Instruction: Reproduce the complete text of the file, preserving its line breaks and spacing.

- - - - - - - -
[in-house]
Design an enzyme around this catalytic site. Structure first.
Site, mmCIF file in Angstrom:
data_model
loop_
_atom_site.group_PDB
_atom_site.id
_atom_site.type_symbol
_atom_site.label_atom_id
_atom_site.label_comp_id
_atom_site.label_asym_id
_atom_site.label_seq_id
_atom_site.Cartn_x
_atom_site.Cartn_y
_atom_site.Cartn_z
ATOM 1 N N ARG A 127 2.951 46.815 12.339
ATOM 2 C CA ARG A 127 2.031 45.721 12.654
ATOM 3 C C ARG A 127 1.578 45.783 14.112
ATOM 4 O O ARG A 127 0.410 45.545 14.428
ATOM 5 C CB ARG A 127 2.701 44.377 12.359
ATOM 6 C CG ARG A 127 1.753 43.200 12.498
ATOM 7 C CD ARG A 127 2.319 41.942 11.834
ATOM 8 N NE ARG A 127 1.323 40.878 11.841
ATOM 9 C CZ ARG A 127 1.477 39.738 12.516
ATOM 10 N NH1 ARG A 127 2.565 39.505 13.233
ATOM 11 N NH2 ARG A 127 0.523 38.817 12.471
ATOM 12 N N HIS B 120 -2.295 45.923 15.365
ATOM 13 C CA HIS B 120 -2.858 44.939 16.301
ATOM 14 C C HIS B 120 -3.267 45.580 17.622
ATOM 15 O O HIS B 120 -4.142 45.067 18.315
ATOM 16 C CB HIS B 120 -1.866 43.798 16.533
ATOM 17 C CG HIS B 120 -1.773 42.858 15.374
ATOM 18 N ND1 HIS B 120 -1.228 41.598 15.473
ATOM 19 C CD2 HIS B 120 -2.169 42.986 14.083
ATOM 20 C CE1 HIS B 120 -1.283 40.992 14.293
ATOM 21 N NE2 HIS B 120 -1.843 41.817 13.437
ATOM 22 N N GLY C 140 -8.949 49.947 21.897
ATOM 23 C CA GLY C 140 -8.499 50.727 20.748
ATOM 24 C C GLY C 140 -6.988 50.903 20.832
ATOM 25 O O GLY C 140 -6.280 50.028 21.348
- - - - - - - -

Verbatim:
[in-house]
Design an enzyme around this catalytic site. Structure first.
Site, mmCIF file in Angstrom:
data_model
loop_
_atom_site.group_PDB
_atom_site.id
_atom_site.type_symbol
_atom_site.label_atom_id
_atom_site.label_comp_id
_atom_site.label_asym_id
_atom_site.label_seq_id
_atom_site.Cartn_x
_atom_site.Cartn_y
_atom_site.Cartn_z
ATOM 1 N N ARG A 127 2.951 46.815 12.339
ATOM 2 C CA ARG A 127 2.031 45.721 12.654
ATOM 3 C C ARG A 127 1.578 45.783 14.112
ATOM 4 O O ARG A 127 0.410 45.545 14.428
ATOM 5 C CB ARG A 127 2.701 44.377 12.359
ATOM 6 C CG ARG A 127 1.753 43.200 12.498
ATOM 7 C CD ARG A 127 2.319 41.942 11.834
ATOM 8 N NE ARG A 127 1.323 40.878 11.841
ATOM 9 C CZ ARG A 127 1.477 39.738 12.516
ATOM 10 N NH1 ARG A 127 2.565 39.505 13.233
ATOM 11 N NH2 ARG A 127 0.523 38.817 12.471
ATOM 12 N N HIS B 120 -2.295 45.923 15.365
ATOM 13 C CA HIS B 120 -2.858 44.939 16.301
ATOM 14 C C HIS B 120 -3.267 45.580 17.622
ATOM 15 O O HIS B 120 -4.142 45.067 18.315
ATOM 16 C CB HIS B 120 -1.866 43.798 16.533
ATOM 17 C CG HIS B 120 -1.773 42.858 15.374
ATOM 18 N ND1 HIS B 120 -1.228 41.598 15.473
ATOM 19 C CD2 HIS B 120 -2.169 42.986 14.083
ATOM 20 C CE1 HIS B 120 -1.283 40.992 14.293
ATOM 21 N NE2 HIS B 120 -1.843 41.817 13.437
ATOM 22 N N GLY C 140 -8.949 49.947 21.897
ATOM 23 C CA GLY C 140 -8.499 50.727 20.748
ATOM 24 C C GLY C 140 -6.988 50.903 20.832
ATOM 25 O O GLY C 140 -6.280 50.028 21.348